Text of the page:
To offer signed copies, I work in tandem with my local indie bookstore. I create and provide the school with a flyer they can reproduce and send home with their students detailing directions for ordering an autographed book. The bookstore agrees to facilitate the ordering. The benefit here is that I am not collecting forms or money, nor is the teacher. Instead, we direct caregivers/parents to order online directly from the sponsoring bookstore. To make this easier and cost effective for the bookstore, the bookstore bulk ships the books to the teacher for distribution to the students. Not every bookstore will be willing to partner with you to make this process happen, but you’ll never know if you don’t ask.
If you can find a bookstore partner and you want students to have the books in hand for WRAD, you will want to allow time for the teachers to distribute flyers, caregivers/parents to order books, and the bookstore to mail the books out. Set ordering deadlines and allow for the time the bookstore will need to assemble and ship the books before WRAD in February. If this is too complicated, it is also fine to tell students that books can be ordered up until the day of WRAD and books will be shipped out 2-3 weeks after WRAD. All these details can be worked out with the bookstore.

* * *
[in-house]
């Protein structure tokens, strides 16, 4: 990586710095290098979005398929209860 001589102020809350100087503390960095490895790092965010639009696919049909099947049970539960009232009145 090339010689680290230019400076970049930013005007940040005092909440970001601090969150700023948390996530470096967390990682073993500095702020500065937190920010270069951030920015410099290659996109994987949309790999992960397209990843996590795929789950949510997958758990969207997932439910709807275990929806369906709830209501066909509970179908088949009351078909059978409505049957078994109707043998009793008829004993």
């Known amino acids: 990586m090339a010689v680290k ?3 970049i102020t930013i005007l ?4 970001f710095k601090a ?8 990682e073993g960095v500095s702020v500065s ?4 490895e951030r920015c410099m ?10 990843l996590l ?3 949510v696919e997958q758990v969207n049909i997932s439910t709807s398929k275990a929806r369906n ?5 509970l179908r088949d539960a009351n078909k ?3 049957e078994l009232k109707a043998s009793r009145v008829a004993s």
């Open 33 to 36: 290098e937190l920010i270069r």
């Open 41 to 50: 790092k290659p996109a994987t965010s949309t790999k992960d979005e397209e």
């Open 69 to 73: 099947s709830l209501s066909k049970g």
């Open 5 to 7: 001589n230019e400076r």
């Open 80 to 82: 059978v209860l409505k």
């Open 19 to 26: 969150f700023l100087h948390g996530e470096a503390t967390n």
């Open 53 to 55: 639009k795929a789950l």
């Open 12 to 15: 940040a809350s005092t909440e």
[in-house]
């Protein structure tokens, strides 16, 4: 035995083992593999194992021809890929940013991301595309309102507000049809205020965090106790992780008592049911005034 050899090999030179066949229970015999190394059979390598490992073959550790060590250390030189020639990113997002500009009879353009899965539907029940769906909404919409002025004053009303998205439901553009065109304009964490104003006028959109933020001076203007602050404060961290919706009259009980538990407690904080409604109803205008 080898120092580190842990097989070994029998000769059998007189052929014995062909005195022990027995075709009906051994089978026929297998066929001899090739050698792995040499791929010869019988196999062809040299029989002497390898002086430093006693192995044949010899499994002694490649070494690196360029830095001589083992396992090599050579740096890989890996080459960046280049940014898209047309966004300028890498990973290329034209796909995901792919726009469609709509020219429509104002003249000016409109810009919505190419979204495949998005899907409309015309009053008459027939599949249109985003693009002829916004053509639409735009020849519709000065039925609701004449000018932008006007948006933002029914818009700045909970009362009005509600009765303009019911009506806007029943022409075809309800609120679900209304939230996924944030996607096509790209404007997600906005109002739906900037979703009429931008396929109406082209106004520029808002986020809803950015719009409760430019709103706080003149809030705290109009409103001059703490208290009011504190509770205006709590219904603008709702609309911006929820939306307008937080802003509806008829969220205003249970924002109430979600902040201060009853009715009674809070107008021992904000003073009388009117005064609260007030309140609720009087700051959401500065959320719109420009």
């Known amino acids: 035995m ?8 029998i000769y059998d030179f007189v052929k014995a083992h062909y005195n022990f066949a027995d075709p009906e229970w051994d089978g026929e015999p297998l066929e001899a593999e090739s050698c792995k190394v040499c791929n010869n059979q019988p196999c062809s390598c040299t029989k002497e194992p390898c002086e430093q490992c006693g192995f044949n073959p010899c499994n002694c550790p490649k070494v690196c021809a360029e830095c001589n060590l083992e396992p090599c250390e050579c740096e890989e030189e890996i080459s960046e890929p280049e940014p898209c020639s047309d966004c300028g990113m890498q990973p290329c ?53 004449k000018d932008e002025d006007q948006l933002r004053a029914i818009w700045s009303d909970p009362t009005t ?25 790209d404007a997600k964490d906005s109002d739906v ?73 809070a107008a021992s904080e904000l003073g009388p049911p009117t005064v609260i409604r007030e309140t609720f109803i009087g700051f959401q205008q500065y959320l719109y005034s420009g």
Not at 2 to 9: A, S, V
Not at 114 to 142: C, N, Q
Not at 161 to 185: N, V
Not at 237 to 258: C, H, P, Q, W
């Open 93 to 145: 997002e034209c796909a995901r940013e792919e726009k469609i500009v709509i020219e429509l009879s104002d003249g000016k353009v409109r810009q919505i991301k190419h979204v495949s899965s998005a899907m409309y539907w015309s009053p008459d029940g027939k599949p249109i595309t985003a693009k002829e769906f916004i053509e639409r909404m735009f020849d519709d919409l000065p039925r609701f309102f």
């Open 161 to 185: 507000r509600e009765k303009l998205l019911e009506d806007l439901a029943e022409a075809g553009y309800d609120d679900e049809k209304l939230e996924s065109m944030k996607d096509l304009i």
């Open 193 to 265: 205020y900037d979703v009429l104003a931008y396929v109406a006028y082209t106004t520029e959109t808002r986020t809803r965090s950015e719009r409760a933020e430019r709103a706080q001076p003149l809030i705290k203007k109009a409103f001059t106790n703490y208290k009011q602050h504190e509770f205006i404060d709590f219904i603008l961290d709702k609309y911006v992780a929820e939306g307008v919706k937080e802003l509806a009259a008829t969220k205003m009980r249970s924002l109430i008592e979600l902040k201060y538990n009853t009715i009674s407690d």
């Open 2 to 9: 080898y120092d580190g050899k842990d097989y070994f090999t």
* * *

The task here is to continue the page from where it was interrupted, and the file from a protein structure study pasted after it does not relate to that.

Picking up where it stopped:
Getting book orders is not the point of WRAD. This is an option that I mention when I send out confirmation emails. Some teachers will love the idea and others will politely pass.
Finally, some authors send swag to the schools like bookmarks and stickers. This is not something I have the budget for and so I have not offered this perk. But if you want to send out a thank you note with swag, just be sure you know how many students are in the classroom so that you send the right amount.
World Read Aloud Day is a wonderful chance to share your book with students. Take some time to plan out the day so that you, and the classrooms you visit, have a fantastic WRAD experience!